David Miliband is spot on in highlighting the structural roots of youth unemployment

David Miliband is right to draw attention to the youth unemployment emergency as one of the most pressing issues facing the UK, writes IPPR’s Tess Lanning.

 

David Miliband, speaking on the Today Programme this morning, is right to draw attention to the youth unemployment emergency as one of the most pressing issues facing the UK writes Tess Lanning, research fellow at the Institute for Public Policy Research (IPPR)

Launching the final report of the commission on youth unemployment that the former Labour cabinet minister chairs, Mr Miliband importantly drew a distinction between the current lack of demand for young people’s labour, and the deeper, structural problems in the nature of the education system and the labour market that mean youth unemployment has not fallen below half a million since the 1980s.

The dramatic social and economic changes of the 1980s saw the transition from learning to earning become longer and riskier. Deindustrialisation led to a decline in the availability of routes into skilled work for young people, such as apprenticeships, making it more difficult to move straight from school into work.

Good jobs in manufacturing (albeit mainly for young men) have been replaced by low skilled jobs in the service sectors, many of which by their nature – casual, insecure – lead to a more protracted transition and offer few opportunities for progression.

The drop in demand for labour after the global financial crisis exacerbated these long term trends leading to high unemployment among university graduates as well as school leavers.

First in are often first out, and as a result young people were hit harder and faster than more experienced workers.

The pace of redundancies has slowed, but the deteriorating outlook for demand, reduced business confidence due to austerity at home and turmoil in Europe, and a reluctance to recruit new workers have all contributed to the continued upward curve in youth unemployment. Indeed the unsung difference between how European countries have fared since the downturn is not growth levels but unemployment.

Youth unemployment is most alarming in the Mediterranean states such as Spain, where over half of all young people are unemployed. But other northern European countries have long had lower rates of youth unemployment than the UK, and in Germany the proportion of young people out of work has actually fallen since the economic downturn.

The ‘chaotic’ landscape of support for those who do not choose the academic route is partly responsible for this difference, as Miliband’s commission argues.

The strong apprenticeship systems in the German-speaking countries and high quality vocational education in the Scandinavian countries play an important role in preparing young people for work and responsible adulthood, as well as providing them with broad qualifications that support mobility and progression in the labour market.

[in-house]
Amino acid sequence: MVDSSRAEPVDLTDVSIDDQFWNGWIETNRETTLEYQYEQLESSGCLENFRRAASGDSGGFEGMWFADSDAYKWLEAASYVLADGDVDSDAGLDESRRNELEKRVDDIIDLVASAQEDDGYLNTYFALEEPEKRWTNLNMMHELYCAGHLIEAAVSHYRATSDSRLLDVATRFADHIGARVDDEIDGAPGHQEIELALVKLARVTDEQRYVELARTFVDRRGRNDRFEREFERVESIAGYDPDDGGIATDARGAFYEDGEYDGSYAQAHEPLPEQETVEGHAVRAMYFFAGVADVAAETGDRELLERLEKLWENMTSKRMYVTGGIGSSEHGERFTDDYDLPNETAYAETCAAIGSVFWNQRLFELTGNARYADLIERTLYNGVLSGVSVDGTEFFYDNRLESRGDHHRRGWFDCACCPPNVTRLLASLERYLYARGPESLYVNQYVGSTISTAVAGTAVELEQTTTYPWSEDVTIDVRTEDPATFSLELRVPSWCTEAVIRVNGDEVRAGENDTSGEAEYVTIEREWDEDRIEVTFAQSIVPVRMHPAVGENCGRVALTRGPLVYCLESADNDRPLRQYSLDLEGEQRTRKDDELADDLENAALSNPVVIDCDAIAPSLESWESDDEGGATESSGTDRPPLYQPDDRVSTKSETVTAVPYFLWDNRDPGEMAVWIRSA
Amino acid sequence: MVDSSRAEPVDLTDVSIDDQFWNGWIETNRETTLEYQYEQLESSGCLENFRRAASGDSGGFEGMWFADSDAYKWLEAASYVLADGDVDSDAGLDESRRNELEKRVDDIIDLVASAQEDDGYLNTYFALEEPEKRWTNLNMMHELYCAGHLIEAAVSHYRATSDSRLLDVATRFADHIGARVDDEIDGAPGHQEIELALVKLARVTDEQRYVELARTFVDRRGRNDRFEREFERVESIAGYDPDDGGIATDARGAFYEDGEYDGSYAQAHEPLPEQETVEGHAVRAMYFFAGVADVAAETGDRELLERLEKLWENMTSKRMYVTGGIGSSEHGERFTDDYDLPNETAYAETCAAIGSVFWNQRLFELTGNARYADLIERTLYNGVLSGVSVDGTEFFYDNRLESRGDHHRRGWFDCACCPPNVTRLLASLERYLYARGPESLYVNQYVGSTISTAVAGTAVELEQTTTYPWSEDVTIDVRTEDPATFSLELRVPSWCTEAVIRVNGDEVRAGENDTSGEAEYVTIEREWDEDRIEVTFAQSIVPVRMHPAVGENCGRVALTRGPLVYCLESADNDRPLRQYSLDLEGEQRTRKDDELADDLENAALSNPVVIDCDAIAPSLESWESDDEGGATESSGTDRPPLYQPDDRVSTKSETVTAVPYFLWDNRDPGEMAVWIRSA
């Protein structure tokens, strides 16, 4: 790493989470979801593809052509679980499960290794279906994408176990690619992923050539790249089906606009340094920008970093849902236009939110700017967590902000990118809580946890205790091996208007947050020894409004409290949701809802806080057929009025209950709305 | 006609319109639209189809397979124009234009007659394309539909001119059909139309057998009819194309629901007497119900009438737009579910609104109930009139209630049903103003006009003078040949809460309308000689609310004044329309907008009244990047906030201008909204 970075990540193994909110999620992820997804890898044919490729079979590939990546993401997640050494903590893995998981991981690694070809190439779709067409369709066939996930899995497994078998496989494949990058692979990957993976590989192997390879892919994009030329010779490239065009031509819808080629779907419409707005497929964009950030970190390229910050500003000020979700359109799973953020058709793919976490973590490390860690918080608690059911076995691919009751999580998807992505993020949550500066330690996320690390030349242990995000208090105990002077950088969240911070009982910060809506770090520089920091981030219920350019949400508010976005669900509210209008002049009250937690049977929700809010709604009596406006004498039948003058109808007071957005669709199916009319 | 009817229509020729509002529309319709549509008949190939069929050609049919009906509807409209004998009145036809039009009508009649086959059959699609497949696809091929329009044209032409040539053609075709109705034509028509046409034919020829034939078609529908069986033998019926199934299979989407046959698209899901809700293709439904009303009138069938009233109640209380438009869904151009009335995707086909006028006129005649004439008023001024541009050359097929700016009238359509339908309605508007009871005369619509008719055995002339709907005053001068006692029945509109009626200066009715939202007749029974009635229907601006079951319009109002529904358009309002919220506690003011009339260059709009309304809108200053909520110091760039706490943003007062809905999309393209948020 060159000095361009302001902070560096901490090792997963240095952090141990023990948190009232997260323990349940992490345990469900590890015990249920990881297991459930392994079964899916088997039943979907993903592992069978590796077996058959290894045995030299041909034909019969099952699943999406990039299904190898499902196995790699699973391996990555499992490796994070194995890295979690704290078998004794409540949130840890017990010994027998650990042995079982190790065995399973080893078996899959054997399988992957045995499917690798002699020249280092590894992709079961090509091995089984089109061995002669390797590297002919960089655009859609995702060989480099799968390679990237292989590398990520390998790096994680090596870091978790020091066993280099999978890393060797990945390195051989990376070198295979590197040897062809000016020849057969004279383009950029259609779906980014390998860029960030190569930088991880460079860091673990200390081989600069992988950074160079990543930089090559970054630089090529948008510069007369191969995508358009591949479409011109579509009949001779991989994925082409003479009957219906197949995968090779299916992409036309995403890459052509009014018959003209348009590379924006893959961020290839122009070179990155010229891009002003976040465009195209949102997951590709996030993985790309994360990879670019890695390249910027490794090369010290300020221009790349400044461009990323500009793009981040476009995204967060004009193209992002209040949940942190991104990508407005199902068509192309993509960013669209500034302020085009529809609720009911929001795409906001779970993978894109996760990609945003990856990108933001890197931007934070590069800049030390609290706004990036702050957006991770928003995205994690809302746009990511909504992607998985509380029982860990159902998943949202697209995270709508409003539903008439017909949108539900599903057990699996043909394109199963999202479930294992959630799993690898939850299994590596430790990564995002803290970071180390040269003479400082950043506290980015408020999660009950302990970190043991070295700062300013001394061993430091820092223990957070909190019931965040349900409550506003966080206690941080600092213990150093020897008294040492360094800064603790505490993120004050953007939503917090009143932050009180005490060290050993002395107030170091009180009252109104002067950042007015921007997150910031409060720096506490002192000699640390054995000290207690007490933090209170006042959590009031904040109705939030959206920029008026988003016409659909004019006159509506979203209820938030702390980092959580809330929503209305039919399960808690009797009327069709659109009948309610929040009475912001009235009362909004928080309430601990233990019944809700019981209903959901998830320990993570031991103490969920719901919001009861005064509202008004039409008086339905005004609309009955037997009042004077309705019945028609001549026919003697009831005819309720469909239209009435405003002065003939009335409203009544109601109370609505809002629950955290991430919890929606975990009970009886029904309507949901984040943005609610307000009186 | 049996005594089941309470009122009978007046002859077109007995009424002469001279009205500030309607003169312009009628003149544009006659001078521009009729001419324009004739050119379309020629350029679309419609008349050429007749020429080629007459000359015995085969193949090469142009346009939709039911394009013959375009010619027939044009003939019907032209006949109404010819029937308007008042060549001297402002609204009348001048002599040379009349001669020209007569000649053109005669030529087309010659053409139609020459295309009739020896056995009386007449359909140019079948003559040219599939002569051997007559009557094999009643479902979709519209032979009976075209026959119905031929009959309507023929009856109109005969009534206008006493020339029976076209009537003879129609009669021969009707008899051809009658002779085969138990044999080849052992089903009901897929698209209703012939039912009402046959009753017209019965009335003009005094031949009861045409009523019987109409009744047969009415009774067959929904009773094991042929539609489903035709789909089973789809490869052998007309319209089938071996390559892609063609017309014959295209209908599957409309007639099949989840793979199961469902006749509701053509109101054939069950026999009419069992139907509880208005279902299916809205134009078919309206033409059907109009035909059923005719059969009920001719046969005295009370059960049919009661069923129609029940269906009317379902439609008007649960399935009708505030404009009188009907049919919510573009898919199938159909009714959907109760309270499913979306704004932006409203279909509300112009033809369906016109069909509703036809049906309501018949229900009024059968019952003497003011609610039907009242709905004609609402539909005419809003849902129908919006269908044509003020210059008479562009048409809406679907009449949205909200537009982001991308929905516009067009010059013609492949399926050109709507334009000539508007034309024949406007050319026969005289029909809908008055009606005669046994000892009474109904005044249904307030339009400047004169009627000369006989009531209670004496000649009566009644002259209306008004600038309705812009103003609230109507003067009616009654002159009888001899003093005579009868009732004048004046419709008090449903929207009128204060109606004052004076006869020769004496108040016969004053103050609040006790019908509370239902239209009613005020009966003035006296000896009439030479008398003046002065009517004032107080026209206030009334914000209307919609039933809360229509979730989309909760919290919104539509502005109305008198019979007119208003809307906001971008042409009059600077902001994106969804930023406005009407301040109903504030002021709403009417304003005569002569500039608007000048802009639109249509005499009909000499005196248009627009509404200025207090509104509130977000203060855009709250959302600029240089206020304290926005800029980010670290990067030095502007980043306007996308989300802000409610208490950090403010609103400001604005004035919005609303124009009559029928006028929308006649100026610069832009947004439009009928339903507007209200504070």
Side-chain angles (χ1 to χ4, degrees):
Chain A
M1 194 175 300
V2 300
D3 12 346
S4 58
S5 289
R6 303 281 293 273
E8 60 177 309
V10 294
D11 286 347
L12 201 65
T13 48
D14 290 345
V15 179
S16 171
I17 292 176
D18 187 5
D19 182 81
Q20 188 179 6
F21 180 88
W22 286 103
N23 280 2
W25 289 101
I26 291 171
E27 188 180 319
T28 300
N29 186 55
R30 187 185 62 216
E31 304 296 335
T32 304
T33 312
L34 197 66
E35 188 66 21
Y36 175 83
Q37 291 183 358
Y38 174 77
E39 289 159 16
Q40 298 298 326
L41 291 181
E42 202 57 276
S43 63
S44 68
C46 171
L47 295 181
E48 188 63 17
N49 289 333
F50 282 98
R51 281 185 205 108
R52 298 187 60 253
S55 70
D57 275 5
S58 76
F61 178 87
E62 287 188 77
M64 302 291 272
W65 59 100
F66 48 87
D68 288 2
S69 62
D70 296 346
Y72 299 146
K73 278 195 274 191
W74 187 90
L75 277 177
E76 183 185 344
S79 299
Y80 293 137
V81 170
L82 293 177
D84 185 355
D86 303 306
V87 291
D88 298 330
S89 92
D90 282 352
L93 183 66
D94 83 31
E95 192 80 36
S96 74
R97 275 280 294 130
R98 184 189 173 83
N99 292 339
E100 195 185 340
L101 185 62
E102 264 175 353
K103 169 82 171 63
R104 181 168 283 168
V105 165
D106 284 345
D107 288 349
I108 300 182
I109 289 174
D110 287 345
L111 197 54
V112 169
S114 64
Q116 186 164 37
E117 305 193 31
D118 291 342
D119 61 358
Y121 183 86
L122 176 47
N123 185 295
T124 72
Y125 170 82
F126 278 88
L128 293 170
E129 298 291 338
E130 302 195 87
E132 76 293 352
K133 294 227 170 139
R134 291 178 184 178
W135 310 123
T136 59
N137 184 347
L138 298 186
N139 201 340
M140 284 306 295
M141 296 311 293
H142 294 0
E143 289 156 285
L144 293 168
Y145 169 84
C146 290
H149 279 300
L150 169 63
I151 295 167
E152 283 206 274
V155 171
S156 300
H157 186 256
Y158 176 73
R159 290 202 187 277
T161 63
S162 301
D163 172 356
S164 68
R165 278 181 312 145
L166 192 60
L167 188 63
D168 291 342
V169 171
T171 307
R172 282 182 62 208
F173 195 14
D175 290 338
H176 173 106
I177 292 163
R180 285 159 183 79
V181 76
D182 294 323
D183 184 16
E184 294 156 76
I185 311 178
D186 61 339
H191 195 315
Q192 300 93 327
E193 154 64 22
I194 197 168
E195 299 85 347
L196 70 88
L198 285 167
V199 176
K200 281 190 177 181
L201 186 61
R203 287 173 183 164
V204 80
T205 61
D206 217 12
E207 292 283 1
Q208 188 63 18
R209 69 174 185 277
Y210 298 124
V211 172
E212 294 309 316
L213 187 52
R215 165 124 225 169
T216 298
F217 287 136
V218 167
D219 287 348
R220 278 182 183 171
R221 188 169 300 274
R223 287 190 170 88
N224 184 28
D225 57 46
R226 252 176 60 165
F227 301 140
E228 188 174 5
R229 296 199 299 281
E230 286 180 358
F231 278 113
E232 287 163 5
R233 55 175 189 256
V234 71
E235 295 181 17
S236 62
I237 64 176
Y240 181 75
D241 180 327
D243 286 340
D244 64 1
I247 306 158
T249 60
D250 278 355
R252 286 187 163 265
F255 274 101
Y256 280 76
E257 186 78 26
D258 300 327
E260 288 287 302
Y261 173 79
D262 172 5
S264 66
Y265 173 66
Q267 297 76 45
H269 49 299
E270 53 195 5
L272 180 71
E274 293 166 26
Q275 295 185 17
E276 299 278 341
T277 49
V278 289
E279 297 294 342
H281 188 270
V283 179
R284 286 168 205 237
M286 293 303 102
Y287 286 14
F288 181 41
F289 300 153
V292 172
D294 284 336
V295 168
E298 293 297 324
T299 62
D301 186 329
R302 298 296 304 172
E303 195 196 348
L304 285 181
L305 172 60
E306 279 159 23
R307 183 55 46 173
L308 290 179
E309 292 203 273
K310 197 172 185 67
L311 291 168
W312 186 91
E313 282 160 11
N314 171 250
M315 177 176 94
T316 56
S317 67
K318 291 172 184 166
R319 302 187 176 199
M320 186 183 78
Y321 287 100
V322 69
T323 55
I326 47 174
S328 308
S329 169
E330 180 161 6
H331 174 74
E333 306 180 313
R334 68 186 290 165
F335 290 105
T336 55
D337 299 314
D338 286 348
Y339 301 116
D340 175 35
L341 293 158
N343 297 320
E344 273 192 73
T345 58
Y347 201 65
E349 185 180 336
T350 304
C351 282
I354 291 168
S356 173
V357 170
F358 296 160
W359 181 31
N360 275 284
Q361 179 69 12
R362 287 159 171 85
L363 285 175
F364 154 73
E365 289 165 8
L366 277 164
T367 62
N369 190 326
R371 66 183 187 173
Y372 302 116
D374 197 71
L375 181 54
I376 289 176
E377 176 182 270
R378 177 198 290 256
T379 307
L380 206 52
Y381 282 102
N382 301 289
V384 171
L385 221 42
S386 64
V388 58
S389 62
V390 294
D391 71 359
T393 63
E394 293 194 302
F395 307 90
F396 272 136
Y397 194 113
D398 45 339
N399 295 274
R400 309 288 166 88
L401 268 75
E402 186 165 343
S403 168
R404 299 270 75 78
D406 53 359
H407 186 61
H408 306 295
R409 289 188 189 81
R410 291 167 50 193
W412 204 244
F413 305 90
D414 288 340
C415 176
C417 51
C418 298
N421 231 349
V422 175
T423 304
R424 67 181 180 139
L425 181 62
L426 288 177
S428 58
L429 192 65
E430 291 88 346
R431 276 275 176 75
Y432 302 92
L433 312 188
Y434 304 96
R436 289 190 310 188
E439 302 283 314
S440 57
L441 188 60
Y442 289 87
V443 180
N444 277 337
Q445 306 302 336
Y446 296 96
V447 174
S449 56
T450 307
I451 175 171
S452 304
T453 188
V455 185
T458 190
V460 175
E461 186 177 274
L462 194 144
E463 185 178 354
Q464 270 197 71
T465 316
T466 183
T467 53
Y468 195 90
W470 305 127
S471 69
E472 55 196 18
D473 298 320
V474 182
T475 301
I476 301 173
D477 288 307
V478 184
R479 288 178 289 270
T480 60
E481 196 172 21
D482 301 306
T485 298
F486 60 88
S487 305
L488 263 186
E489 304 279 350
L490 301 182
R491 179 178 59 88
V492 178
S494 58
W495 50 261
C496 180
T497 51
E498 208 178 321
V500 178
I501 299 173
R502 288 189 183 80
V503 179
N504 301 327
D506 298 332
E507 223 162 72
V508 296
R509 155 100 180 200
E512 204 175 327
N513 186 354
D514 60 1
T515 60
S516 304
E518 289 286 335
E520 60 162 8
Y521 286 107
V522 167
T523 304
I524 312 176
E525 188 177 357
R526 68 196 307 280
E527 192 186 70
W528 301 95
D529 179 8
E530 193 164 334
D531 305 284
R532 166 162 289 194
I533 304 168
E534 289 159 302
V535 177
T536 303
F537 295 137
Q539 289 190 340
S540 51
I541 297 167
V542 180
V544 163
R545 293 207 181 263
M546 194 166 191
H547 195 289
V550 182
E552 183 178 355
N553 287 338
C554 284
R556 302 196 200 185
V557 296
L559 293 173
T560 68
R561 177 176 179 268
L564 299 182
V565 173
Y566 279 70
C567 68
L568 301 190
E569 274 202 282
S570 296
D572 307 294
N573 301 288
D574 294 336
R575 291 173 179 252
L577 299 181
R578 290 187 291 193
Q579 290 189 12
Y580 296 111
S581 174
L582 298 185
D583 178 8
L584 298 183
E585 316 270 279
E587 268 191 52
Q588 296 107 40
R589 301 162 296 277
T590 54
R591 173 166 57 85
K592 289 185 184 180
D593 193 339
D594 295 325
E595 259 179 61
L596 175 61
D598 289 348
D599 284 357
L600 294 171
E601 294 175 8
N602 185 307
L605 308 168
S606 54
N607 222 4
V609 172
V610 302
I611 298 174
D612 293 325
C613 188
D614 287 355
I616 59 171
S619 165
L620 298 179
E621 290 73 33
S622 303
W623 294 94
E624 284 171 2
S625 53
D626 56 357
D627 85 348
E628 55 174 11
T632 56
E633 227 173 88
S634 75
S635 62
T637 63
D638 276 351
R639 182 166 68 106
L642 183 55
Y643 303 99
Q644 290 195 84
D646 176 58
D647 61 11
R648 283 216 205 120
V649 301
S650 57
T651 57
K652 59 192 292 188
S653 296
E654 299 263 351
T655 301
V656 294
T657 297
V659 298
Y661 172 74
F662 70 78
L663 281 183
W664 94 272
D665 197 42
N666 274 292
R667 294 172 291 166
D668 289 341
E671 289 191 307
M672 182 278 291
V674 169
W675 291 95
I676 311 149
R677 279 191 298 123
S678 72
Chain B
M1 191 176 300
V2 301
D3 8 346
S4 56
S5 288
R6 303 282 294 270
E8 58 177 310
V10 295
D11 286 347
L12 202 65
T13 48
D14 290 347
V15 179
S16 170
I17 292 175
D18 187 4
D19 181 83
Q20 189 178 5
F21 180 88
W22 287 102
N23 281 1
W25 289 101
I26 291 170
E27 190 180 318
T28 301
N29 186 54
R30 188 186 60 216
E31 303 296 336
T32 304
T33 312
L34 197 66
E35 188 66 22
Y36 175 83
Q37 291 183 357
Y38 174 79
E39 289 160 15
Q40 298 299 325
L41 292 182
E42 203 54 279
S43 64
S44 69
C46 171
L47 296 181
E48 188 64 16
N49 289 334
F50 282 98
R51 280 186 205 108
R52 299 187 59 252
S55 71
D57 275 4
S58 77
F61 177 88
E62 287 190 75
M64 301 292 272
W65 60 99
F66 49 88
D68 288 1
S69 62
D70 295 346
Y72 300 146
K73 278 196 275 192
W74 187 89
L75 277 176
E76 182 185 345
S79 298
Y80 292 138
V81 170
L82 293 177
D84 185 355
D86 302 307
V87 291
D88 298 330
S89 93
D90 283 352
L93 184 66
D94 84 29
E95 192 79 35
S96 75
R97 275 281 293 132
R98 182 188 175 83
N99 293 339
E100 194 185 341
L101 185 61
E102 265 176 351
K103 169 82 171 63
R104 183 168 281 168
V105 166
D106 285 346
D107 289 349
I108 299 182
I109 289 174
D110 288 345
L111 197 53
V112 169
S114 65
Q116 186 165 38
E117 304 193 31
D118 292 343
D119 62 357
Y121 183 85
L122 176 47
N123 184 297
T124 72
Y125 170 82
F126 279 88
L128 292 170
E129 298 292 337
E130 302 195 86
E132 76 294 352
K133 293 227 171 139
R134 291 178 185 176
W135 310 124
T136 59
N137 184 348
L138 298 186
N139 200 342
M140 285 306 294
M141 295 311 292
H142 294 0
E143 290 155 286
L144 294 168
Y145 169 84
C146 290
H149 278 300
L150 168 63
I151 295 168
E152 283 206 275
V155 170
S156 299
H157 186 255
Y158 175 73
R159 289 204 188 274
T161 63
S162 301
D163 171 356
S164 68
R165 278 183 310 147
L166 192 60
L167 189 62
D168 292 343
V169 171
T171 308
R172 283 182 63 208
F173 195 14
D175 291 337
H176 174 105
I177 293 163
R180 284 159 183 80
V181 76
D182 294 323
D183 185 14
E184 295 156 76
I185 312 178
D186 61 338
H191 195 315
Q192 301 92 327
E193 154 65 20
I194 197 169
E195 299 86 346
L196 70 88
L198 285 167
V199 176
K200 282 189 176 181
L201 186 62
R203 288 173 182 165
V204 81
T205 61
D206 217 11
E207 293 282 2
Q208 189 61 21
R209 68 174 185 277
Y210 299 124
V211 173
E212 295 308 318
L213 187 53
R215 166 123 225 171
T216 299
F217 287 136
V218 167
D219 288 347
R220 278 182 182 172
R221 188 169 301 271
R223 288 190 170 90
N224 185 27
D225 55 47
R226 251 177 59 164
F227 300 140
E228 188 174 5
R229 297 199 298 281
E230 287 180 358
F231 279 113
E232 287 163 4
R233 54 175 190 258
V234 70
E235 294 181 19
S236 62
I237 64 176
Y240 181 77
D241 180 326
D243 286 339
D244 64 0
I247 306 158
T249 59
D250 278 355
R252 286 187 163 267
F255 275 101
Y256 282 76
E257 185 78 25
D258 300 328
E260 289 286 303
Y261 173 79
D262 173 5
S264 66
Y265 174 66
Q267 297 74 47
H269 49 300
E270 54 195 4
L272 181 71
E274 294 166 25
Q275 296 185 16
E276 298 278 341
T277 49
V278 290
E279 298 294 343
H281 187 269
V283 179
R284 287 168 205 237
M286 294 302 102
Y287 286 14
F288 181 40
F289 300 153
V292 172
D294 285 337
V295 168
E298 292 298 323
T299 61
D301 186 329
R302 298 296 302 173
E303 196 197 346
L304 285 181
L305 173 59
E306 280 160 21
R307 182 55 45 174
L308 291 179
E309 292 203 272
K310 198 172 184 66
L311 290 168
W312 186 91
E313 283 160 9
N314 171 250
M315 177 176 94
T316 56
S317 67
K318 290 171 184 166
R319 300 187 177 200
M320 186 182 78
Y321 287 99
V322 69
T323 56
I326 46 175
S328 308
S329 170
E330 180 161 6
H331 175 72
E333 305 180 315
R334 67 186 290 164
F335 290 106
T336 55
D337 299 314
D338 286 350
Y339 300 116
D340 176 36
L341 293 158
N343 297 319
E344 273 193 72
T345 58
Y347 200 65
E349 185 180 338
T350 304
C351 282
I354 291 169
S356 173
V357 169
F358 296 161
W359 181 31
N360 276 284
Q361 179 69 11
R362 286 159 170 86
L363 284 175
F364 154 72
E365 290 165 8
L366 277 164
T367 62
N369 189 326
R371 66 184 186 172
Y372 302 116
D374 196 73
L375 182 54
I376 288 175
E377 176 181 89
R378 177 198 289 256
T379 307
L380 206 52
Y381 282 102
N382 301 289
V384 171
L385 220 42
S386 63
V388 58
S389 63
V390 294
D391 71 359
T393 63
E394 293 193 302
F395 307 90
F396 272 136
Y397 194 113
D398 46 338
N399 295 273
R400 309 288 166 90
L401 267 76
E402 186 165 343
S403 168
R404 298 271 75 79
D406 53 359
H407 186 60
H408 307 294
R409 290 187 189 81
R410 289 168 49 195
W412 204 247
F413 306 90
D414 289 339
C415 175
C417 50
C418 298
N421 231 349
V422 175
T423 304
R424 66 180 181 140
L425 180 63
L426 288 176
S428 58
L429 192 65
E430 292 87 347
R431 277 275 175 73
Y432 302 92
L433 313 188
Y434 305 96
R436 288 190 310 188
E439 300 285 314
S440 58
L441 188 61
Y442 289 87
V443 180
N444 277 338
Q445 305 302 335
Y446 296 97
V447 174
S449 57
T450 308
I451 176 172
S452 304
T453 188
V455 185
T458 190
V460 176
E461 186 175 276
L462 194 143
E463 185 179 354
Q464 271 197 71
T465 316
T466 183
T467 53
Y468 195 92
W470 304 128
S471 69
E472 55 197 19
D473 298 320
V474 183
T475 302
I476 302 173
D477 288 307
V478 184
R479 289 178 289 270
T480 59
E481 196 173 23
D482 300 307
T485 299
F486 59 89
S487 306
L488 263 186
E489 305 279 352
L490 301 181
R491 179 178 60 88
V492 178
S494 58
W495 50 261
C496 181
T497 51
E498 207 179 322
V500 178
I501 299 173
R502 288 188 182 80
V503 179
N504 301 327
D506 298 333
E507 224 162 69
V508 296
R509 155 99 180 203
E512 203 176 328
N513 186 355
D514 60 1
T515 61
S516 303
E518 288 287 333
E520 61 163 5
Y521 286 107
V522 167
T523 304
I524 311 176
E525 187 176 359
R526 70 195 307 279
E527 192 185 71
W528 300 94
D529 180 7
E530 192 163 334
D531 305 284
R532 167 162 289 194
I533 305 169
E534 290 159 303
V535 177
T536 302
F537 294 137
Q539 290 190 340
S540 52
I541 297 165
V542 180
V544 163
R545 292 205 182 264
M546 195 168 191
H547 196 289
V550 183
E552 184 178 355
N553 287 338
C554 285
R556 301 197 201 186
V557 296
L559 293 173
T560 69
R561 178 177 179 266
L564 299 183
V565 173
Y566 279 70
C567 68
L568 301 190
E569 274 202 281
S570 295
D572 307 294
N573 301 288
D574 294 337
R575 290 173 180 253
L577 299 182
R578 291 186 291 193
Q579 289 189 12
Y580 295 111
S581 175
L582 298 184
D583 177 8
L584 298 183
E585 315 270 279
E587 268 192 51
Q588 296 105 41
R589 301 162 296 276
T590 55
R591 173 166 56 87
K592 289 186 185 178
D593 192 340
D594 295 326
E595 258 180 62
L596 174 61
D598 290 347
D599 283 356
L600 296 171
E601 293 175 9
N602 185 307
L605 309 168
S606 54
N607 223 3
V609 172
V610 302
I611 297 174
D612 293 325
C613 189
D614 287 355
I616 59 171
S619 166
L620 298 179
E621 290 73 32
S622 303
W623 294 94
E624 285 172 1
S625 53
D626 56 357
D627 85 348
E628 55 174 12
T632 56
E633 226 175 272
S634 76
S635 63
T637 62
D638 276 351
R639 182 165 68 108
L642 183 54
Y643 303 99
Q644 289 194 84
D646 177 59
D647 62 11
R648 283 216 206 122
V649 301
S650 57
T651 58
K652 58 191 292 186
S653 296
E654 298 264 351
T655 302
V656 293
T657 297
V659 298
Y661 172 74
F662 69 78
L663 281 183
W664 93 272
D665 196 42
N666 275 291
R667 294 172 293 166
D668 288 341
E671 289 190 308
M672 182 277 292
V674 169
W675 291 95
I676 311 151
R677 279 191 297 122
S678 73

In contrast, most of the recent increases in apprenticeship numbers in England have occurred for older workers in the low-skilled sectors where concerns about quality are most acute.

The structural youth unemployment problem will remain unless employers’ enthusiasm for hiring and training the next generation of workers improves. Forthcoming research by IPPR calls for a radical new approach to skills and the labour market designed to raise employer commitment to skills and training.

The lesson from other northern European countries – where many firms train more, and to a higher standard, than comparable British firms and sectors – is that this requires far more than education or welfare reform.

Raising both the quantity and quality of jobs and apprenticeships available to young people requires a return to an active industrial policy, with a combination of hard and soft measures to help firms to rethink the low road competitive strategies that underpin weak demand for skills.

Until this is addressed the country’s increasingly well-qualified crop of young people will continue to compete for limited opportunities, with school leavers most likely to lose out.

While the short term priority must be to ensure a return to growth and rising demand for labour, we also need to think hard about those young people who won’t necessarily be lifted by a rising tide, or those whose prospects may have been permanently scarred by the recession.

The commission’s call for the public sector to fill the socialisation gap, offering more high quality apprenticeships and job guarantees for young people unemployed for more than two years, offers a useful starting point.

See also:

Ken stays ahead as Boris doubles-down on blaming young people for youth unemploymentAlex Hern, January 23rd 2012

2012: The year ahead for young peopleAlex Hern, January 7th 2012

Unemployment: How Cameron and Clegg are letting the next generation downRachel Reeves MP and Stephen Timms MP, December 14th 2011

Million young unemployed figure highlights enormity of the situation hitting our youthRory Weal, November 16th 2011

Clegg under fire over voter registration, party funding and youth unemploymentShamik Das, November 15th 2011

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